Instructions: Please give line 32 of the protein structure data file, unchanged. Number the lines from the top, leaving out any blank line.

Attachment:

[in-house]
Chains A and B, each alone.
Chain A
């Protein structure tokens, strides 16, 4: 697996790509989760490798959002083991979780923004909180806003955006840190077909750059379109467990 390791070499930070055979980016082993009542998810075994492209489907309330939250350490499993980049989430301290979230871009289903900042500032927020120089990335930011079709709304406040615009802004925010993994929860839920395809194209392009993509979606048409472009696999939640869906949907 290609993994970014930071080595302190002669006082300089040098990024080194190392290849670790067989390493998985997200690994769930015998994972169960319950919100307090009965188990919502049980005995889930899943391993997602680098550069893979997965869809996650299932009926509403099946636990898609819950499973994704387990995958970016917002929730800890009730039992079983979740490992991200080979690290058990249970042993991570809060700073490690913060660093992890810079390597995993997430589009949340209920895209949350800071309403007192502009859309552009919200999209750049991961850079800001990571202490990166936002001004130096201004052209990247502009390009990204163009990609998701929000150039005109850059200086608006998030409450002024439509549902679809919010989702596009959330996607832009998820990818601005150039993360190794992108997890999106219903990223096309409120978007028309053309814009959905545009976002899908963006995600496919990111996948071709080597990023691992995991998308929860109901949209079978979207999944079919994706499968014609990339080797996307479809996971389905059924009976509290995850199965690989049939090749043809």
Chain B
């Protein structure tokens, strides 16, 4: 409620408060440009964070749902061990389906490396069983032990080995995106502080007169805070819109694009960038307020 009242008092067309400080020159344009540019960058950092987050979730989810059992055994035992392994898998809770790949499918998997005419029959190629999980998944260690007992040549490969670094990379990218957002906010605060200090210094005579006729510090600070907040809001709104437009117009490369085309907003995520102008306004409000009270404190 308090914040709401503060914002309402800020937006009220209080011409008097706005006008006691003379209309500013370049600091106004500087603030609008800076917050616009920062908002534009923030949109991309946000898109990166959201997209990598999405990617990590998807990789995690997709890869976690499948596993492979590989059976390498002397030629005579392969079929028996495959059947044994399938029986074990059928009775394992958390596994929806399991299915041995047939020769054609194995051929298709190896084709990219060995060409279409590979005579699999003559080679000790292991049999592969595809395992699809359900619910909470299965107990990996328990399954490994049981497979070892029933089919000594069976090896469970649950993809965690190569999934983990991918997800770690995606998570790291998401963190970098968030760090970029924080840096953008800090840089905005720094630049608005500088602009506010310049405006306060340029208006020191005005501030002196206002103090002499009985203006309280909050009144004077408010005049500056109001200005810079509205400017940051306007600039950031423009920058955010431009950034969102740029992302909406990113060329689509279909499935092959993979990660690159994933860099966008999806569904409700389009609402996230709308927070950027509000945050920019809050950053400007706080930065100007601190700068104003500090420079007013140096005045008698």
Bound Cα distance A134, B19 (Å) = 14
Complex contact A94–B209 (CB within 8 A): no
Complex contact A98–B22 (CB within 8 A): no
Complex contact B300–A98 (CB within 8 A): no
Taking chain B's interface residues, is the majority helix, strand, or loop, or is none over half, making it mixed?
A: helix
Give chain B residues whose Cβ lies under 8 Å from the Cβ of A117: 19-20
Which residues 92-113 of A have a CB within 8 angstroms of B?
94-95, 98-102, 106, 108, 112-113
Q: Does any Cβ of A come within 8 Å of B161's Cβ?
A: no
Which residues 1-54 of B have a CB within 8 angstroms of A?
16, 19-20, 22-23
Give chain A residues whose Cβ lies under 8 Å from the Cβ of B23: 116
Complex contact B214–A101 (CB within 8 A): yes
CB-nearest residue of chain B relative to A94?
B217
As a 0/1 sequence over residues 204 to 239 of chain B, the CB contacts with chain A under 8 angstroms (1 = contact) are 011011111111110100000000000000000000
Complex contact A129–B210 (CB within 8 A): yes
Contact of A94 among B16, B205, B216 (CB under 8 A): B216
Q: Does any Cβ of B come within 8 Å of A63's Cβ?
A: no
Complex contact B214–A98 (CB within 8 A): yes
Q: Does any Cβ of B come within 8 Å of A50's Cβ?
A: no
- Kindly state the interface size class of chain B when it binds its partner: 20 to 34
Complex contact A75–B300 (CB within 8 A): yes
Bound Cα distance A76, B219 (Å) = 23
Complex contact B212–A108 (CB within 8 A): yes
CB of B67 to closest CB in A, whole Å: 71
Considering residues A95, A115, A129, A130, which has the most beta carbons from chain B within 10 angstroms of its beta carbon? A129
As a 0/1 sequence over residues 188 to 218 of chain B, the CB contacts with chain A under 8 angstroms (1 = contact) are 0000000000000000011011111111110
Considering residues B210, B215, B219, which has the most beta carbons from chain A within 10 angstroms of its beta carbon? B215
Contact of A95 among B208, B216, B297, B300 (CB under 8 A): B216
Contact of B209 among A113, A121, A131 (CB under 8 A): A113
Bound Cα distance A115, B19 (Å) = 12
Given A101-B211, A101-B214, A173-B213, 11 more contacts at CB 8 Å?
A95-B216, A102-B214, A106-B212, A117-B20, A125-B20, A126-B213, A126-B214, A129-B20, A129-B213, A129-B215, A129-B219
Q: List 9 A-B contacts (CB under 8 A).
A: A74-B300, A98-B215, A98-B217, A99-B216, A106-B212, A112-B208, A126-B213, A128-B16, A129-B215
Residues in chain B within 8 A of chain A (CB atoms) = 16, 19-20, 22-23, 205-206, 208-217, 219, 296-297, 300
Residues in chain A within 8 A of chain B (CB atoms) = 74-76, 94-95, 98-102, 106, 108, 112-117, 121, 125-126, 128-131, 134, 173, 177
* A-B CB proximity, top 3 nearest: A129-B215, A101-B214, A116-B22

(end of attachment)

- Kindly state the interface size class of chain B when it binds its partner: 20 to 34